Messerschmitt Bf 109 F
“Due to separate research programmes conducted in parallel by Messerschmitt AG, the entire process of developing the Bf 109F should be seen as being divided into two main projects.”
The 109 model run literally goes from “A” to “Z” (for Zwilling, or twin, for its two fuselages joined by a wing) and within each model has numerous submodels. The “F” experimented with different wing shapes and introduced a long list of aerodynamic improvements, significantly improving range by a third compared to the “E”. After fixing the handling problems common to early Fs it was considered the best-handling in the 109 series.
Unlike the P-38 Lightning book it follows in this publisher’s Yellow Series, the Bf 109 book is in the more common smaller A5 format and a softcover. It too contains a “poster” but in this case it is a foldout sheet of four panels (almost 2 ft long) bound into the book. The only thing that will stop you from wanting to tear it out and pin it to the wall is that the sumptuous hyper-realistic (the emblems have actually “dirt” on them) full-color profile view on the one side has b/w 1/48 top and bottom views and a color cockpit drawing on the back.
The Bf109 is as popular a model kit as it was in real life. Numerous versions in all scales exist, even RC models. They all can be improved with the detail found in this as in all other MMP books which are specifically aimed at the modeler (unlike, say, Osprey books which go quite a bit deeper into historical aspects). This little book dispenses a commendable amount of background and context in regard to the Bf 109 overall and the F model in particular. Technical specs and modifications take precedence over operational commentary. Over 25 pages are devoted to 1/48 scale color drawings (left and/or right side, side top/bottom views) and concentrate on detailed descriptions of markings and paint schemes. About a third of the book consists of a guided tour of the aircraft in the form of tech art and photos, both period factory and in-service shots and modern imagery of museum aircraft. From exploded views of the tail wheel to the inner workings of canopy latches, it’s all here. Until you study books like this you just don’t realize how much kit makers get wrong or how much you yourself are overlooking when you “read” a photo. The photo captions here have such forensic depth that you’ll be forced to spend extra time trying to find the things the captions tell you are there! Example: “The standard oil cooler can be seen to advantage (suggesting the F-4/trop and not the F-4/Z/trop) . . .” Obvious once someone points it out . . . All MMP books are distinguished by such micro detail which makes them—for the people that need it—pretty much essential reading. Besides, they’re cheap enough to just buy and savor on a slow afternoon for no particular reason.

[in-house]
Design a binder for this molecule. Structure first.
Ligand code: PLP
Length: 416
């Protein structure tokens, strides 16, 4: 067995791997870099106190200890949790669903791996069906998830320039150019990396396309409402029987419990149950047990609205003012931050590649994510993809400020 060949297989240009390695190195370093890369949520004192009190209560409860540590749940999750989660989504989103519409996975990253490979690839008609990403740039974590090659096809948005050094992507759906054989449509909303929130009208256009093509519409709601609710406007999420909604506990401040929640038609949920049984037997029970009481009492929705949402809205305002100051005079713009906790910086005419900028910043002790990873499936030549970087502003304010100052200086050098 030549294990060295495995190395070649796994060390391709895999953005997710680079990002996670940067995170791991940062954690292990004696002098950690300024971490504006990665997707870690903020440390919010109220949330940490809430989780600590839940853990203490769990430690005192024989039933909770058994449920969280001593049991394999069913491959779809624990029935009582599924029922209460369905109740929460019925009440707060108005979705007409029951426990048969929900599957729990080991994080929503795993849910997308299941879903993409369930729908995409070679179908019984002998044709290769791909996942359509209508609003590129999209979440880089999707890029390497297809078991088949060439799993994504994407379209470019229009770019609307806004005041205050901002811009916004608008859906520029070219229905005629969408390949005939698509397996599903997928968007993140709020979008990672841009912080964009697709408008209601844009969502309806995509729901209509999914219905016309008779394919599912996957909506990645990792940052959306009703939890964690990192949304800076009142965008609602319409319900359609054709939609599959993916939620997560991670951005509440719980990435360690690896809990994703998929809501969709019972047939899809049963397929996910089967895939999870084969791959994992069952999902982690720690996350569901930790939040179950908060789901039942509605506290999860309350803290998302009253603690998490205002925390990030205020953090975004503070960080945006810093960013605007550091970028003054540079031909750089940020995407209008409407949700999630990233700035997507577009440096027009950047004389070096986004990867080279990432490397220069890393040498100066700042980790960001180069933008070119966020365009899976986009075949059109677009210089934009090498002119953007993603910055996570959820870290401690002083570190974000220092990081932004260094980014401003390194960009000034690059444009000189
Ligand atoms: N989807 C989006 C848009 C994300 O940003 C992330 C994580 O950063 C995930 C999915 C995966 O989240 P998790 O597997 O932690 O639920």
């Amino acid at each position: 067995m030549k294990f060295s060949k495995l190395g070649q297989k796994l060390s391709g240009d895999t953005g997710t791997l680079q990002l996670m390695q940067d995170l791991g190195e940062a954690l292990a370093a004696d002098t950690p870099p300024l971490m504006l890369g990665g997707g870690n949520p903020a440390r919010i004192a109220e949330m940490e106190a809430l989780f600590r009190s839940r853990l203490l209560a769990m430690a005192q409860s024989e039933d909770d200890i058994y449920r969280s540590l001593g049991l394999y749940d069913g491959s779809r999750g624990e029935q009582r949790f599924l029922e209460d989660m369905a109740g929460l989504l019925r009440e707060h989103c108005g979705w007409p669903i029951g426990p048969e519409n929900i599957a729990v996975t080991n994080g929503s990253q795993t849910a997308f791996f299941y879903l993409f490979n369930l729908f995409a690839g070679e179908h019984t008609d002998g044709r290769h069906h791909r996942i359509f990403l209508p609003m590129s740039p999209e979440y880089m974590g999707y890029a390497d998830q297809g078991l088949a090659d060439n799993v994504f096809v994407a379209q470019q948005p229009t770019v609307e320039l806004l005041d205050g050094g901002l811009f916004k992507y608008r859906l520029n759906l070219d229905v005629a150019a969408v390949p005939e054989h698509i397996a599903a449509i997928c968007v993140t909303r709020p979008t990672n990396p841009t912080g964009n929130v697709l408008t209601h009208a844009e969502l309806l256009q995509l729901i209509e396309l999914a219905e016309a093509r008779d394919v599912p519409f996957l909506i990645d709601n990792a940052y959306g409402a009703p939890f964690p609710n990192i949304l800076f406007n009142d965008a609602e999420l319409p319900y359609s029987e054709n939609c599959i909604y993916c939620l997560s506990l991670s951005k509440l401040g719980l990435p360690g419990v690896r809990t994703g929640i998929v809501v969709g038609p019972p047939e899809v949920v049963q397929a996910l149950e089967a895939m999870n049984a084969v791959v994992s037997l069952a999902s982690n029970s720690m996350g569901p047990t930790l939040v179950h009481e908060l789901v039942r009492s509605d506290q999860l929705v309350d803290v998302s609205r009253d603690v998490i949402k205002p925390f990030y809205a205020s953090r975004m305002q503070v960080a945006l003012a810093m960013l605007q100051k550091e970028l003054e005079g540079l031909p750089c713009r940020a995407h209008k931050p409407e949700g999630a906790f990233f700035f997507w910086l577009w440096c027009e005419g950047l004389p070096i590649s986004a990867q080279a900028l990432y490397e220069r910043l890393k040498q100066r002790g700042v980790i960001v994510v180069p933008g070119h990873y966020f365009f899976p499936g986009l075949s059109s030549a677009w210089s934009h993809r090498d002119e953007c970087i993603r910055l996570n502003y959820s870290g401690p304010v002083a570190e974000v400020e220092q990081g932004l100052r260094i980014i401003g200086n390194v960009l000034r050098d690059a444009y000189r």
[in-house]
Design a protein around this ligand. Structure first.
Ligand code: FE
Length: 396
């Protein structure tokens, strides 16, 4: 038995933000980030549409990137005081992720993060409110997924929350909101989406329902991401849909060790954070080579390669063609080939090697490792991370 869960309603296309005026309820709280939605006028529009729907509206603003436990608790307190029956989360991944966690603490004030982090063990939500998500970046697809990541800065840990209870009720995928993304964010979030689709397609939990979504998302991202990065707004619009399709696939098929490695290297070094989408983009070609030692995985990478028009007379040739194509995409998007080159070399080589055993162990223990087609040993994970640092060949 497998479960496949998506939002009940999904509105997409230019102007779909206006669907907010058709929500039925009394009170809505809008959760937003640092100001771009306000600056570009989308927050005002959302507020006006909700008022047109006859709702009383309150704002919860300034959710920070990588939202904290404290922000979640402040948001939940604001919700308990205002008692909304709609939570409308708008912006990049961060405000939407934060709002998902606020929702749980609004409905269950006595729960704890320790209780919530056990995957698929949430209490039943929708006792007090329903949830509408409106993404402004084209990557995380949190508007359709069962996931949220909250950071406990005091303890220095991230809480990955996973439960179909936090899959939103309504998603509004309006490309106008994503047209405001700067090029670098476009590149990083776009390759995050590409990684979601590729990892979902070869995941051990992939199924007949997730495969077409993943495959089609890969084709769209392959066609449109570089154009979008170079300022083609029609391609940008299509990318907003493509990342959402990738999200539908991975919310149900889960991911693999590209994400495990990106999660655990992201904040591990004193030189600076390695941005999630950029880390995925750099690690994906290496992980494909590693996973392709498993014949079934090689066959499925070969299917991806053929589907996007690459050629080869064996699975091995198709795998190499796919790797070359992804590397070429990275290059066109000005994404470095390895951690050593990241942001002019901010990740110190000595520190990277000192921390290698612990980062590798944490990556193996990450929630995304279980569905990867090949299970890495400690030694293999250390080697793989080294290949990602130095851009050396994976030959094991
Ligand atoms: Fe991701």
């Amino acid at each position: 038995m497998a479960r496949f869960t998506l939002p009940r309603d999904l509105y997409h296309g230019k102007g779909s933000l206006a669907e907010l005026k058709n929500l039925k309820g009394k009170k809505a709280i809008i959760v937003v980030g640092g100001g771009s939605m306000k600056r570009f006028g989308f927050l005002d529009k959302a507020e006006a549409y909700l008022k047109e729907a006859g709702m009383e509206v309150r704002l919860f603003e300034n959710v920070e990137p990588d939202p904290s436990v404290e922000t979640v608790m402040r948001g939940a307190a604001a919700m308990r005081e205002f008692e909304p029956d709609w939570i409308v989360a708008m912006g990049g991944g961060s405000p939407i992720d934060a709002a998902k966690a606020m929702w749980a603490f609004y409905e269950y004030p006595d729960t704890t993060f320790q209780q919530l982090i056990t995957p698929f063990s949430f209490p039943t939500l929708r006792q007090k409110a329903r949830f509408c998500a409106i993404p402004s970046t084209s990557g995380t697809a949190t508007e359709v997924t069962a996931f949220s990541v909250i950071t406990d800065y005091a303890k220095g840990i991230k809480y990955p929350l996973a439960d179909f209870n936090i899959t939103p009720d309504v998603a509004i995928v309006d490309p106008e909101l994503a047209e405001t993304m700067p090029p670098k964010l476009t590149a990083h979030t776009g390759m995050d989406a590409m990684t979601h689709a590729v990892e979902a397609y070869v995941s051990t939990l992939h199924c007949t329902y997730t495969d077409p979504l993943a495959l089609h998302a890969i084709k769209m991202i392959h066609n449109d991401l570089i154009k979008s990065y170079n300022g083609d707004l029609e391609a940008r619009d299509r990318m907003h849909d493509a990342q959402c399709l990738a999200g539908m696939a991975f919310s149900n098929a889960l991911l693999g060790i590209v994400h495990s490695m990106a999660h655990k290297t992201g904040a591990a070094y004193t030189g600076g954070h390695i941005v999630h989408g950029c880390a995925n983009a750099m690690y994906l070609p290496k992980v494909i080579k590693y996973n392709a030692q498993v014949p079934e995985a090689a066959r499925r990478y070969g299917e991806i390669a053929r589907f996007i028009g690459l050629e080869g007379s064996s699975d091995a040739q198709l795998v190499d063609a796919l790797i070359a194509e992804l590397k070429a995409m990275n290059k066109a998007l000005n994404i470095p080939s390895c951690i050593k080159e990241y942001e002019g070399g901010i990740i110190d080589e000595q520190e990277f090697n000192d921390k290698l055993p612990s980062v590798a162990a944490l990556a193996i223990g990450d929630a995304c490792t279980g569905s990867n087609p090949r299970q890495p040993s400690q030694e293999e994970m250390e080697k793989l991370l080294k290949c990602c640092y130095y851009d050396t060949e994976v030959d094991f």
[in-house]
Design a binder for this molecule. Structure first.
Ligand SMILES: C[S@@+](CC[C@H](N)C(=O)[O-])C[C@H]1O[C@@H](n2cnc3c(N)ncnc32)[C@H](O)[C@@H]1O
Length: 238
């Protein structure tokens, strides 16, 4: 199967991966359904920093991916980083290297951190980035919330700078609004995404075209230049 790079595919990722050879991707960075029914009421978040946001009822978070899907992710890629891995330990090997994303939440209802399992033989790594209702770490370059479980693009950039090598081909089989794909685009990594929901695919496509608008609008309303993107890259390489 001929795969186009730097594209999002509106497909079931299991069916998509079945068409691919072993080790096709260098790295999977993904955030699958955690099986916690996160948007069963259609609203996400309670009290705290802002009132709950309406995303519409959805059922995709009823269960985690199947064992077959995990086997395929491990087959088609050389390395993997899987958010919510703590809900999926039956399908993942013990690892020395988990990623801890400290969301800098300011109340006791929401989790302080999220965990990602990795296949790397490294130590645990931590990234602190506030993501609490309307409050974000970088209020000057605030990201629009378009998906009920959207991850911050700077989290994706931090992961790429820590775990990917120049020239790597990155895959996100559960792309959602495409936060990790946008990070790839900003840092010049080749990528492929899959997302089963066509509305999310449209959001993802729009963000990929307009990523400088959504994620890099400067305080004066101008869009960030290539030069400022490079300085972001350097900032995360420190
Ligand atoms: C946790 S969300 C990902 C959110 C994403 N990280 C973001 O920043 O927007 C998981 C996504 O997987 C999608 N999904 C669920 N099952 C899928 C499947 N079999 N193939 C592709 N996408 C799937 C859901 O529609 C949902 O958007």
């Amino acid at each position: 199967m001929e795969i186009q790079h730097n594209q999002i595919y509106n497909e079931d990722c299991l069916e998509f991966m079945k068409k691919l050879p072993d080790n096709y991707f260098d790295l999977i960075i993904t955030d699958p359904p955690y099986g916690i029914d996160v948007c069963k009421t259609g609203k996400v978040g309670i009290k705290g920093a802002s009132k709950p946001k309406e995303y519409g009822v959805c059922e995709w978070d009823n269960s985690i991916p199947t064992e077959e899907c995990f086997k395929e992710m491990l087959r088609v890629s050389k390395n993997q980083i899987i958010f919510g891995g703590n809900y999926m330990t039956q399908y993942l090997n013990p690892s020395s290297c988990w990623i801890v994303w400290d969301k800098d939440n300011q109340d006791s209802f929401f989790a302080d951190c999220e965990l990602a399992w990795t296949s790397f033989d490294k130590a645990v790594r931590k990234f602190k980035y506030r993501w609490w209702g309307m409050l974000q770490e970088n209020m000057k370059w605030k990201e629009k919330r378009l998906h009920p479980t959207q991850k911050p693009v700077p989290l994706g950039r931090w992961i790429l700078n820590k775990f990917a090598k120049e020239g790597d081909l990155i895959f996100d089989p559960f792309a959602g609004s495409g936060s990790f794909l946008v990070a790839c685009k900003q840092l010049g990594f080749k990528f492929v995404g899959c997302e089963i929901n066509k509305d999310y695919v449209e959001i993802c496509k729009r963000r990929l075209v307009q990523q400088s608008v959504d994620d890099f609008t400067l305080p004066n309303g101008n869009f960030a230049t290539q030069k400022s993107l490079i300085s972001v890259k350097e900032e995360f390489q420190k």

Copyright 2013, Sabu Advani (speedreaders.info).